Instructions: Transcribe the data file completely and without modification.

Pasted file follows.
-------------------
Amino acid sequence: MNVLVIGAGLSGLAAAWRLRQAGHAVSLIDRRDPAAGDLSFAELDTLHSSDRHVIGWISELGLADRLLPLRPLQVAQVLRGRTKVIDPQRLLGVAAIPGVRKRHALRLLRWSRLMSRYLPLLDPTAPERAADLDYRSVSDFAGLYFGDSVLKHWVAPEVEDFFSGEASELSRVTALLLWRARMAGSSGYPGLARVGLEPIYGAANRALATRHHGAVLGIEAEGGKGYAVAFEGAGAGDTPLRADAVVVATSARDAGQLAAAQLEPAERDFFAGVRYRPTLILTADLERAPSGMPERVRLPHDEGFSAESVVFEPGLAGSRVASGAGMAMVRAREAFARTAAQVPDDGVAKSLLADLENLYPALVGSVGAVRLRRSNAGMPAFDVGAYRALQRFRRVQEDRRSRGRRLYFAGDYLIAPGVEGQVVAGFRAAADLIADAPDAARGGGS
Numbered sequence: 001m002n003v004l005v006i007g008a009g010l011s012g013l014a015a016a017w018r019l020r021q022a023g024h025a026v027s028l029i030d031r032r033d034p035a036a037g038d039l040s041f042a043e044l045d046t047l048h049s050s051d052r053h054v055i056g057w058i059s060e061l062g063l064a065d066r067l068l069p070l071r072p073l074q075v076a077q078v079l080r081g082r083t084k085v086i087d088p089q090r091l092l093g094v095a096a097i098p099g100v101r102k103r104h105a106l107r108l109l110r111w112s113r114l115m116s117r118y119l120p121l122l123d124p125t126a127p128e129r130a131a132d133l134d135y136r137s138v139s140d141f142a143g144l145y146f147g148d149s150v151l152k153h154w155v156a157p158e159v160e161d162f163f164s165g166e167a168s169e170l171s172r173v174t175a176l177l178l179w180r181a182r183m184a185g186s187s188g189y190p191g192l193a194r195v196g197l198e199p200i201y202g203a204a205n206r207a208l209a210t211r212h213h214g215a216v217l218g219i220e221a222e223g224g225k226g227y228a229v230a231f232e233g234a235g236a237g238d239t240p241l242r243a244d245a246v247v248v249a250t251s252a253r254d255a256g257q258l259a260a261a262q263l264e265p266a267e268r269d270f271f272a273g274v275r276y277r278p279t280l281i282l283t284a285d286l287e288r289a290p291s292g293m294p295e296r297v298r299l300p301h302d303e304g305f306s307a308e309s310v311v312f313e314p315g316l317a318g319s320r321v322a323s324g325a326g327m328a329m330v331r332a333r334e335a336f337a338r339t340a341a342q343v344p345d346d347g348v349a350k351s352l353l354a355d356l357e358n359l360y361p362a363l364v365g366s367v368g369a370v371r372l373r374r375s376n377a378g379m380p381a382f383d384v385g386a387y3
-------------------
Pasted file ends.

Amino acid sequence: MNVLVIGAGLSGLAAAWRLRQAGHAVSLIDRRDPAAGDLSFAELDTLHSSDRHVIGWISELGLADRLLPLRPLQVAQVLRGRTKVIDPQRLLGVAAIPGVRKRHALRLLRWSRLMSRYLPLLDPTAPERAADLDYRSVSDFAGLYFGDSVLKHWVAPEVEDFFSGEASELSRVTALLLWRARMAGSSGYPGLARVGLEPIYGAANRALATRHHGAVLGIEAEGGKGYAVAFEGAGAGDTPLRADAVVVATSARDAGQLAAAQLEPAERDFFAGVRYRPTLILTADLERAPSGMPERVRLPHDEGFSAESVVFEPGLAGSRVASGAGMAMVRAREAFARTAAQVPDDGVAKSLLADLENLYPALVGSVGAVRLRRSNAGMPAFDVGAYRALQRFRRVQEDRRSRGRRLYFAGDYLIAPGVEGQVVAGFRAAADLIADAPDAARGGGS
Numbered sequence: 001m002n003v004l005v006i007g008a009g010l011s012g013l014a015a016a017w018r019l020r021q022a023g024h025a026v027s028l029i030d031r032r033d034p035a036a037g038d039l040s041f042a043e044l045d046t047l048h049s050s051d052r053h054v055i056g057w058i059s060e061l062g063l064a065d066r067l068l069p070l071r072p073l074q075v076a077q078v079l080r081g082r083t084k085v086i087d088p089q090r091l092l093g094v095a096a097i098p099g100v101r102k103r104h105a106l107r108l109l110r111w112s113r114l115m116s117r118y119l120p121l122l123d124p125t126a127p128e129r130a131a132d133l134d135y136r137s138v139s140d141f142a143g144l145y146f147g148d149s150v151l152k153h154w155v156a157p158e159v160e161d162f163f164s165g166e167a168s169e170l171s172r173v174t175a176l177l178l179w180r181a182r183m184a185g186s187s188g189y190p191g192l193a194r195v196g197l198e199p200i201y202g203a204a205n206r207a208l209a210t211r212h213h214g215a216v217l218g219i220e221a222e223g224g225k226g227y228a229v230a231f232e233g234a235g236a237g238d239t240p241l242r243a244d245a246v247v248v249a250t251s252a253r254d255a256g257q258l259a260a261a262q263l264e265p266a267e268r269d270f271f272a273g274v275r276y277r278p279t280l281i282l283t284a285d286l287e288r289a290p291s292g293m294p295e296r297v298r299l300p301h302d303e304g305f306s307a308e309s310v311v312f313e314p315g316l317a318g319s320r321v322a323s324g325a326g327m328a329m330v331r332a333r334e335a336f337a338r339t340a341a342q343v344p345d346d347g348v349a350k351s352l353l354a355d356l357e358n359l360y361p362a363l364v365g366s367v368g369a370v371r372l373r374r375s376n377a378g379m380p381a382f383d384v385g386a387y3